In total, Malaga managed to sell 23,000 season tickets this season, including winter purchases, and yet the average attendance at the ground was a mere 22,107 spectators over the course of the campaign.
Something here, evidentally, doesn’t quite add up though it’s a phenomenon occurring across a number of football clubs in Spain and one that requires a solution.
Because of the nature of the issues at play, they cannot be solved by pricing alone. Reducing ticket prices, or even just freezing them, cannot make fixtures on an individual basis more attractive given the subjective variables at play: the level of satisfaction with the level of play, results or even management. Lowering prices also has an effect on the salary cap and therefore how ambitious a team can afford to be - all factors worth taking into account from a management viewpoint.
LaLiga has recently released its official attendance figures for the top-flight teams and it makes interesting reading. The results are a far cry from those of England and Germany which both enjoy near-full stadia on a weekly basis.
In the Primera División, attendances fell by 0.9 per cent (to 10,527,264) this campaign compared with 2015/16, though this variation was to be expected with the size of the clubs promoted this year.
One of the new sides, Leganés, debutants in the top flight, had the highest average occupation of any side (88.4 per cent), though their stadium can only hold 10,922 people.
Tenth in the rankings
For Malaga, the figures make for disappointing reading, with La Rosaleda, on average, less than three quarters full. Reaching an occupancy level of just 73.6 per cent, in the year they celebrated a decade in the top flight, this was an unprecedented campaign in the history of the club.
It came tenth in the overall rankings, despite freezing (and in some cases lowering) season ticket prices and offering a wide range of promotions including the possibility of paying in installments or by direct debit, and reductions for those who had been loyal to the club in the past decade.
However, the problem for most fans lies with La Liga’s scheduling. With a number of possible kickoff times from Friday through to Monday - mostly to target Asian TV audiences - it is almost impossible to predict when any given fixture will actually take place. Quite often the kickoff time is only announced with a couple of weeks’ notice, making planning almost impossible for fans.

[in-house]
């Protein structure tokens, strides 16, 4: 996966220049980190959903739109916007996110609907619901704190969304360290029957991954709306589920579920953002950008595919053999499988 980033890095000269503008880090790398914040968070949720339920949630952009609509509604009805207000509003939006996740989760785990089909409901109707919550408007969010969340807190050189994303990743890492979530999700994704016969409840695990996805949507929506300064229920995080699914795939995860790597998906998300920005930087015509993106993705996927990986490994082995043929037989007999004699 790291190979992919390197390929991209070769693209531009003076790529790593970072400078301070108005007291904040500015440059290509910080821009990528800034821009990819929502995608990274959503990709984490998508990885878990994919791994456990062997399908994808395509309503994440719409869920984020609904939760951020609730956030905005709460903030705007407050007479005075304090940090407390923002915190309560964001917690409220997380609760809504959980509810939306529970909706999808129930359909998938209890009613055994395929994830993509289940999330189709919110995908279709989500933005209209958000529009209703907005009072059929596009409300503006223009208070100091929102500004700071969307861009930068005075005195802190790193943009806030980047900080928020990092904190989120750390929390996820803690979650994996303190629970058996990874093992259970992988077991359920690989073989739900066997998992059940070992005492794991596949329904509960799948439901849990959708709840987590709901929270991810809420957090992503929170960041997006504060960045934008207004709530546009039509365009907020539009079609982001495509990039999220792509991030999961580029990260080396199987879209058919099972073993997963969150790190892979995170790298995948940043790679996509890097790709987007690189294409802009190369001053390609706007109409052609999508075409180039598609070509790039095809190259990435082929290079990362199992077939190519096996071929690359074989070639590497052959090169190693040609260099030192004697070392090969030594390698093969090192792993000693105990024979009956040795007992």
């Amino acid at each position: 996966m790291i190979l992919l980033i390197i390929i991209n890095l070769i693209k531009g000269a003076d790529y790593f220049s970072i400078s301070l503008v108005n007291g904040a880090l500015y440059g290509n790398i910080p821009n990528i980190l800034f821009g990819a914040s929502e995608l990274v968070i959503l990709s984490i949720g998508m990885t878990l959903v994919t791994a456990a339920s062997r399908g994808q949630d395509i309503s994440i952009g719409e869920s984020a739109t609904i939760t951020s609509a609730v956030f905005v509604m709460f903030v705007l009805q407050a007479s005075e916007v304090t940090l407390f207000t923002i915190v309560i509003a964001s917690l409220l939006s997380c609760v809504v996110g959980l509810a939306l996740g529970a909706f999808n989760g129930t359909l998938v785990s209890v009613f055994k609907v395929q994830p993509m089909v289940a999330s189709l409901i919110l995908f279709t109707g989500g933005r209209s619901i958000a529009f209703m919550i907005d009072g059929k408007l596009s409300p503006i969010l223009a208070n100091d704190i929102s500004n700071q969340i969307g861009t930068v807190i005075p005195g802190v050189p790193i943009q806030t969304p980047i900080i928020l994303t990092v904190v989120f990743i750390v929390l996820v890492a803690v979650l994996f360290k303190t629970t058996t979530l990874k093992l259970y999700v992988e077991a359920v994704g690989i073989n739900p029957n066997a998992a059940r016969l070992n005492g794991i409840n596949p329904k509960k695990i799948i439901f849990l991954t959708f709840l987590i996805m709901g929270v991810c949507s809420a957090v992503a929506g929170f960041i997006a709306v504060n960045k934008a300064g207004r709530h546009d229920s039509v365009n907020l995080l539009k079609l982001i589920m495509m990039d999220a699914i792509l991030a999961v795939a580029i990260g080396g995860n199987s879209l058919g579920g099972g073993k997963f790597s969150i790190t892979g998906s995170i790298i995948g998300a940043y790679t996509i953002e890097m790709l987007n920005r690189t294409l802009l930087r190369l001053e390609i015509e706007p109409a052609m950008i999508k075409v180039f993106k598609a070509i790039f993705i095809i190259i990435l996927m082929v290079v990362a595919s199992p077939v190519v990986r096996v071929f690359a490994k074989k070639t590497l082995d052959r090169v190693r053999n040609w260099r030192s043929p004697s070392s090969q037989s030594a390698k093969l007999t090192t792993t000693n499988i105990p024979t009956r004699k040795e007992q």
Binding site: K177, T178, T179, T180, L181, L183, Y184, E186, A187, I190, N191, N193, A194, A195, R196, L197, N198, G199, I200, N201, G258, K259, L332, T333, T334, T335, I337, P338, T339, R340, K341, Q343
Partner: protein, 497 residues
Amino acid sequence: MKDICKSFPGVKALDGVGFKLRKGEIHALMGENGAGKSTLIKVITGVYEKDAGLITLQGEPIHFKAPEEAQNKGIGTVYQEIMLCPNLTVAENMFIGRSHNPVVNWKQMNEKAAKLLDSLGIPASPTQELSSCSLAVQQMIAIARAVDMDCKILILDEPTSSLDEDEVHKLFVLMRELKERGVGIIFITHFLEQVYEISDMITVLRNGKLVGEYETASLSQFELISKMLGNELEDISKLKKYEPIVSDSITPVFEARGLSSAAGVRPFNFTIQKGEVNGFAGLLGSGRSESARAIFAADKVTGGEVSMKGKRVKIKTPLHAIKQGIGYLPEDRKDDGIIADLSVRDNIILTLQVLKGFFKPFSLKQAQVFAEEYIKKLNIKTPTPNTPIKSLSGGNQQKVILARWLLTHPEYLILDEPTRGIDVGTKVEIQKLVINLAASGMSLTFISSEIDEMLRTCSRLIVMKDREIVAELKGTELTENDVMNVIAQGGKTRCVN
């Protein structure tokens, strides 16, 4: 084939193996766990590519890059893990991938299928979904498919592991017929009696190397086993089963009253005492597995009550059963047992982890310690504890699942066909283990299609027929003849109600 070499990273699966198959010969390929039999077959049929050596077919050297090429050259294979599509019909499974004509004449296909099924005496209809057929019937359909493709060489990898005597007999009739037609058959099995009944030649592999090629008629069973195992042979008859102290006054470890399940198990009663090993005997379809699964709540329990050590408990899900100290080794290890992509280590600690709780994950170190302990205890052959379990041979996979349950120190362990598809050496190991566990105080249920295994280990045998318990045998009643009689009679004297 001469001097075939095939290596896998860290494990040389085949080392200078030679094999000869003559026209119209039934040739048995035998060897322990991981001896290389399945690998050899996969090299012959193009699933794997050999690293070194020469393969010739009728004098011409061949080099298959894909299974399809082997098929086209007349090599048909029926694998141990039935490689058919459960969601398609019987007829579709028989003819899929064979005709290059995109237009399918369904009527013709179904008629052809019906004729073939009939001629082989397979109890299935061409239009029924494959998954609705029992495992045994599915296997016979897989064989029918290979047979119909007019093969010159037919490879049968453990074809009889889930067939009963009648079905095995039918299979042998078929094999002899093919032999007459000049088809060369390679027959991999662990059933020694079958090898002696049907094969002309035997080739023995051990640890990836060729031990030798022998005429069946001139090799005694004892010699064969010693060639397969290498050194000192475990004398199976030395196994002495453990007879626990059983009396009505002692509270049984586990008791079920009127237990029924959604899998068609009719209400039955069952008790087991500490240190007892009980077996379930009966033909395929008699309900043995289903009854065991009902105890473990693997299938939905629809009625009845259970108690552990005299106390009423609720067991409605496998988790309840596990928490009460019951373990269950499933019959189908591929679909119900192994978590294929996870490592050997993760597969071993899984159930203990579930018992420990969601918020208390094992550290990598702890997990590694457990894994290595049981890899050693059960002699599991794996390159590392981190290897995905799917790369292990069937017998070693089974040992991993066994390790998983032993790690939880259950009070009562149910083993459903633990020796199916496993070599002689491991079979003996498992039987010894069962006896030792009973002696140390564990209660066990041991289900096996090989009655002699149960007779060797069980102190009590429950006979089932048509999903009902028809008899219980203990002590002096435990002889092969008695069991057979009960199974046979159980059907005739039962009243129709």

What’s more, Malaga found themselves more often than not pencilled in for the late evening kickoffs (they didn’t once play at midday), complicating travel arrangements for fans travelling from far-flung towns within the province, as well as those with work commitments.
Three ‘full houses’
The club hung up the ‘tickets sold out’ on three occasions (against Betis, Barcelona and Real Madrid), but they didn’t register officially as full houses with a number of members unable to attend.
The largest crowd was for the 2-0 win against Barcelona, with 28.314 people in attendance, followed by Real Madrid (27,855) and Atlético (26,912).
Malaga’s season was far from typical with the majority of the ‘big boys’ coming to La Rosaleda in the second half of the season, which never saw attendances fall below 20,000. In the first half, though, numbers were low, none more so than the 4-3 against Deportivo, when only 12,679 were in attendance, mostly down to the heavy rain and the 1pm kickoff time.
While the figures have been poor, other clubs have done much worse. Espanyol could only manage to fill 49.6 per cent of the RCDE Stadium, while Celta, despite reaching the Europa League semifinals, averaged home gates of 58.1 per cent.